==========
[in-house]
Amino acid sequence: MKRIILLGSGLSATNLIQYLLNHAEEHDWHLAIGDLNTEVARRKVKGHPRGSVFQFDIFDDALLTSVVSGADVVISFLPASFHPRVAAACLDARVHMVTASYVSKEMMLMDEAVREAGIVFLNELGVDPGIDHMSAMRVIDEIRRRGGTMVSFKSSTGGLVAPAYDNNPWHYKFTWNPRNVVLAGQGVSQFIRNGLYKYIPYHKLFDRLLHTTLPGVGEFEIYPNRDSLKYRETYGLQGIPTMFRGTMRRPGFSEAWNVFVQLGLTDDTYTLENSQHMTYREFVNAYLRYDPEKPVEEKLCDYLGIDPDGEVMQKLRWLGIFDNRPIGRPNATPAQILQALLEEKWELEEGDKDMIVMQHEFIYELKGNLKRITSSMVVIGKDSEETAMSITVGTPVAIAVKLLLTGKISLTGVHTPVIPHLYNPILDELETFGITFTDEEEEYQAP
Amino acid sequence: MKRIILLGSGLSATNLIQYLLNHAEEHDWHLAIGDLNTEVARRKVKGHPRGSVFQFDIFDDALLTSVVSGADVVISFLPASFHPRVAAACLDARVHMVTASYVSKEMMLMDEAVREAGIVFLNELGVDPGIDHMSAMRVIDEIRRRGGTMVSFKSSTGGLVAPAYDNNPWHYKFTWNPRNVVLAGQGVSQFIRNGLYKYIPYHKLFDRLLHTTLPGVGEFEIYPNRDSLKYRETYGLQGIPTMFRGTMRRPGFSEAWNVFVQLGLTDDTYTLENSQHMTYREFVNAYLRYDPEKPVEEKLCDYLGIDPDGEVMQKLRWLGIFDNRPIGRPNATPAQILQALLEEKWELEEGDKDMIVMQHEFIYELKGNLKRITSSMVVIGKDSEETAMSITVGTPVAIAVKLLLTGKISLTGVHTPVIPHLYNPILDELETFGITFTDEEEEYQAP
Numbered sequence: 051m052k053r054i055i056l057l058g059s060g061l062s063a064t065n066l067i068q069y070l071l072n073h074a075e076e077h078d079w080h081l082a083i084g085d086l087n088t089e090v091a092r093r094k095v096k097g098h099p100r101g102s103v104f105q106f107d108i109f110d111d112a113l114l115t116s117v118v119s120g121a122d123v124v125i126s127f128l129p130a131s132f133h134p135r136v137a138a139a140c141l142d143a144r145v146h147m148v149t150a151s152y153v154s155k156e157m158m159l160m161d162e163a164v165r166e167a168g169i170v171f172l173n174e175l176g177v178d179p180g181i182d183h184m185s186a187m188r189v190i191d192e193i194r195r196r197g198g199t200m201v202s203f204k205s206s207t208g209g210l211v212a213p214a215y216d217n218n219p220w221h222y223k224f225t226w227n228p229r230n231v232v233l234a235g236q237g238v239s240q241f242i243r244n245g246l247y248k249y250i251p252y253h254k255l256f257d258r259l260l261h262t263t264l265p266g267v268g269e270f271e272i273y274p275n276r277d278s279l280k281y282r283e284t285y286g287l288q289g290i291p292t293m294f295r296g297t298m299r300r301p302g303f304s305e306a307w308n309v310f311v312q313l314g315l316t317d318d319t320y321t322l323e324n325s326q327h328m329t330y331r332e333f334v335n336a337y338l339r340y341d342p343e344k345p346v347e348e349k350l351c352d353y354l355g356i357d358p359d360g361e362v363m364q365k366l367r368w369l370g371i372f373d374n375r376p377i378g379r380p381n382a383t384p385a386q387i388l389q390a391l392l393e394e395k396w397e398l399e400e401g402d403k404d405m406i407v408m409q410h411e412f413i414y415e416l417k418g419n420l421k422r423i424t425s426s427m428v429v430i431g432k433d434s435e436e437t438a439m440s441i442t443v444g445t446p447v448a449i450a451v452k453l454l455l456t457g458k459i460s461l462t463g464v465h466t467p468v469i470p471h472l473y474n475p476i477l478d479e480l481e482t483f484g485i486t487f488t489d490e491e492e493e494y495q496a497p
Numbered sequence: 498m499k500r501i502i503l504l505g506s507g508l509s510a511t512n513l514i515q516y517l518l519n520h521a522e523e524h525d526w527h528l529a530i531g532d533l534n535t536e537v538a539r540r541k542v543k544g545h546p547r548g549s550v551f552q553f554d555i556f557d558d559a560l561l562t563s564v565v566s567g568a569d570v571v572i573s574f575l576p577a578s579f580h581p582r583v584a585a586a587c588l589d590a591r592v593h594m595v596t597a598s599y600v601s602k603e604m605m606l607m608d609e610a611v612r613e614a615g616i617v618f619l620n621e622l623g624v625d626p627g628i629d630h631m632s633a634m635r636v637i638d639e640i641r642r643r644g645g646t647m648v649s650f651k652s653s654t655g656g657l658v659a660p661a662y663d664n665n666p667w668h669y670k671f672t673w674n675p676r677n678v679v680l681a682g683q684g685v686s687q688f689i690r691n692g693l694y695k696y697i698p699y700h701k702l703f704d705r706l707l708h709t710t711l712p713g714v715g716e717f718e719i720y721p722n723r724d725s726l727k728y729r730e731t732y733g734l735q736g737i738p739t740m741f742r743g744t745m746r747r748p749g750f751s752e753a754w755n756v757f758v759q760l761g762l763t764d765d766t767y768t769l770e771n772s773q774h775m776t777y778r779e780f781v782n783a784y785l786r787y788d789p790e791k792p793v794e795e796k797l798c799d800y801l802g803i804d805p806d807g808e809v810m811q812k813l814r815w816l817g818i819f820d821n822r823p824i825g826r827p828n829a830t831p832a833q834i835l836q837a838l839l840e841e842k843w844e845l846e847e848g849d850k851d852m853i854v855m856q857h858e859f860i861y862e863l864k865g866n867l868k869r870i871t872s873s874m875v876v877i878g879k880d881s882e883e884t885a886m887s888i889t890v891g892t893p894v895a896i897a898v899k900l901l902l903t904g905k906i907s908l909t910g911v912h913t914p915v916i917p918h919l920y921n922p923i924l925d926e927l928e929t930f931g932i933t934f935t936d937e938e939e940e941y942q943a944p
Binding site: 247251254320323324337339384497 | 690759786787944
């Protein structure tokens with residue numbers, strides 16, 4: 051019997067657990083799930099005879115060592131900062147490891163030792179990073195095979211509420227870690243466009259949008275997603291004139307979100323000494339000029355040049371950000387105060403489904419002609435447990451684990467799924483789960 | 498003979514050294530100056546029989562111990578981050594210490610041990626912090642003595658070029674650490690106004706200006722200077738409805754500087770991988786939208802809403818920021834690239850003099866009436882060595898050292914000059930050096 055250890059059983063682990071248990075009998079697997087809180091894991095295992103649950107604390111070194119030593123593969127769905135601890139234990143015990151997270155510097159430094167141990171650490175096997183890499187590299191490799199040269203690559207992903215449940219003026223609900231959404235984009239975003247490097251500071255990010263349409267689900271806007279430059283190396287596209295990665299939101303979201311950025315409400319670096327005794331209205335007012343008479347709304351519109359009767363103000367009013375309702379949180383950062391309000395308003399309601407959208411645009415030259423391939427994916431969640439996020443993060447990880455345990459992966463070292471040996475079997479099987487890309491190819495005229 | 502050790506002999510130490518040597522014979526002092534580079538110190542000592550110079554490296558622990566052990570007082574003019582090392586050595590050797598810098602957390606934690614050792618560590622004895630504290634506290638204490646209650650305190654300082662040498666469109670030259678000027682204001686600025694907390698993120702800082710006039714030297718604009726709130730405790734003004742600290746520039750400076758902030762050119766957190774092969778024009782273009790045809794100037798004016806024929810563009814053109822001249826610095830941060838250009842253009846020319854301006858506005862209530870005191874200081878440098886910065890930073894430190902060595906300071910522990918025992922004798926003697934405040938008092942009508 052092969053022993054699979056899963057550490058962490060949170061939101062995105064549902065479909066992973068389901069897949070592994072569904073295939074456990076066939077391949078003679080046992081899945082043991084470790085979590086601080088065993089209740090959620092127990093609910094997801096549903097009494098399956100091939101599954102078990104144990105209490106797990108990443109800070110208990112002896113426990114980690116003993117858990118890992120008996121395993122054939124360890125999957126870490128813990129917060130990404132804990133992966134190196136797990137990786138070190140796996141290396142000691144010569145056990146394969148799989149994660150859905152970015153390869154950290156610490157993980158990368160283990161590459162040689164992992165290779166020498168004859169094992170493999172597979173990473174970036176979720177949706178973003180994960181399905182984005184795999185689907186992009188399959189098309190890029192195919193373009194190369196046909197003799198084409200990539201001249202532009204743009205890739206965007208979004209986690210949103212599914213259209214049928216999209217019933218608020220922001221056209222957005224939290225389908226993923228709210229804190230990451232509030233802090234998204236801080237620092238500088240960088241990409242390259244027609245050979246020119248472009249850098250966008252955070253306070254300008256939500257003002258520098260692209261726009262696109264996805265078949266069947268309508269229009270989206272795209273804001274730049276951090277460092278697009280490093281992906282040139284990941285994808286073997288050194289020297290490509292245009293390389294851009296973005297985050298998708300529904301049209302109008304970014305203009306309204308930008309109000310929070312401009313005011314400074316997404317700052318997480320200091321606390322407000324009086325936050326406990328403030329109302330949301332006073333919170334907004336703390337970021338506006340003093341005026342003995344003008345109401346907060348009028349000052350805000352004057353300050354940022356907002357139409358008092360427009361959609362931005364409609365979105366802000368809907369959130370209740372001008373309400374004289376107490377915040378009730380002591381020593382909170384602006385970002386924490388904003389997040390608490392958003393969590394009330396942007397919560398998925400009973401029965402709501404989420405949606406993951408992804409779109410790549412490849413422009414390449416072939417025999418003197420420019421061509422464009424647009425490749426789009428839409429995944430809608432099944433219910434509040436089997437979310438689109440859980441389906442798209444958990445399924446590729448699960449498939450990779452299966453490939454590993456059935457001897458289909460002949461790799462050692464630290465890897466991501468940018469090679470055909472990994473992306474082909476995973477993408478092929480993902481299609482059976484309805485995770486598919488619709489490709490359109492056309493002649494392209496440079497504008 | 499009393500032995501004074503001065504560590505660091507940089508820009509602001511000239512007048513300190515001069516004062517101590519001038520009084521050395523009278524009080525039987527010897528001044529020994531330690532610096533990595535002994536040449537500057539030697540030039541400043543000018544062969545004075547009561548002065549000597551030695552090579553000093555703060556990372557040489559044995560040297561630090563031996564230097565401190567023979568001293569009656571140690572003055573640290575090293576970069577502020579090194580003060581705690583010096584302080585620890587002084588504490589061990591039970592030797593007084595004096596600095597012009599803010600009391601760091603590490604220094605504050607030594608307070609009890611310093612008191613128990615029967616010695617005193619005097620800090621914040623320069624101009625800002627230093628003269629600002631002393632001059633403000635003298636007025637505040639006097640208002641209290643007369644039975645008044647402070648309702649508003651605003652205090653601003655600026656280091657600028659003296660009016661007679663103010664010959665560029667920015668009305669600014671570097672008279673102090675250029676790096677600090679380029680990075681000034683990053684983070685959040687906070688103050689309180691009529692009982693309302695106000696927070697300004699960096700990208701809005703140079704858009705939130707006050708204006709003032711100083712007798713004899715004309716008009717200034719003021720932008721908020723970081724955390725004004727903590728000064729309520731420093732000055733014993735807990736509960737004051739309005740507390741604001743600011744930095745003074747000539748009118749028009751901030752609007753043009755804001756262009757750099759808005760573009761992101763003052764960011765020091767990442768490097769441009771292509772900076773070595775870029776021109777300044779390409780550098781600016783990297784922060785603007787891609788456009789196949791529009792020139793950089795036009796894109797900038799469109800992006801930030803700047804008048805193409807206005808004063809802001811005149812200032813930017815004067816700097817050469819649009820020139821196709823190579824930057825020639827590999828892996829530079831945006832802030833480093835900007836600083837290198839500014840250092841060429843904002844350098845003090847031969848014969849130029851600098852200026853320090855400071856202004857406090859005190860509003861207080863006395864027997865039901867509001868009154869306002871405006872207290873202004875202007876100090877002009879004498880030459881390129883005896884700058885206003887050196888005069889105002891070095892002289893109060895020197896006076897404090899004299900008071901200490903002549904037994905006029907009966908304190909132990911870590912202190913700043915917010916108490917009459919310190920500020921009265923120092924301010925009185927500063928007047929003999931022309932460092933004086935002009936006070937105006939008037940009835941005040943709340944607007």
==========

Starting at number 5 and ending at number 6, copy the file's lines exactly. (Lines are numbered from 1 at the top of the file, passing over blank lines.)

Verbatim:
Numbered sequence: 498m499k500r501i502i503l504l505g506s507g508l509s510a511t512n513l514i515q516y517l518l519n520h521a522e523e524h525d526w527h528l529a530i531g532d533l534n535t536e537v538a539r540r541k542v543k544g545h546p547r548g549s550v551f552q553f554d555i556f557d558d559a560l561l562t563s564v565v566s567g568a569d570v571v572i573s574f575l576p577a578s579f580h581p582r583v584a585a586a587c588l589d590a591r592v593h594m595v596t597a598s599y600v601s602k603e604m605m606l607m608d609e610a611v612r613e614a615g616i617v618f619l620n621e622l623g624v625d626p627g628i629d630h631m632s633a634m635r636v637i638d639e640i641r642r643r644g645g646t647m648v649s650f651k652s653s654t655g656g657l658v659a660p661a662y663d664n665n666p667w668h669y670k671f672t673w674n675p676r677n678v679v680l681a682g683q684g685v686s687q688f689i690r691n692g693l694y695k696y697i698p699y700h701k702l703f704d705r706l707l708h709t710t711l712p713g714v715g716e717f718e719i720y721p722n723r724d725s726l727k728y729r730e731t732y733g734l735q736g737i738p739t740m741f742r743g744t745m746r747r748p749g750f751s752e753a754w755n756v757f758v759q760l761g762l763t764d765d766t767y768t769l770e771n772s773q774h775m776t777y778r779e780f781v782n783a784y785l786r787y788d789p790e791k792p793v794e795e796k797l798c799d800y801l802g803i804d805p806d807g808e809v810m811q812k813l814r815w816l817g818i819f820d821n822r823p824i825g826r827p828n829a830t831p832a833q834i835l836q837a838l839l840e841e842k843w844e845l846e847e848g849d850k851d852m853i854v855m856q857h858e859f860i861y862e863l864k865g866n867l868k869r870i871t872s873s874m875v876v877i878g879k880d881s882e883e884t885a886m887s888i889t890v891g892t893p894v895a896i897a898v899k900l901l902l903t904g905k906i907s908l909t910g911v912h913t914p915v916i917p918h919l920y921n922p923i924l925d926e927l928e929t930f931g932i933t934f935t936d937e938e939e940e941y942q943a944p
Binding site: 247251254320323324337339384497 | 690759786787944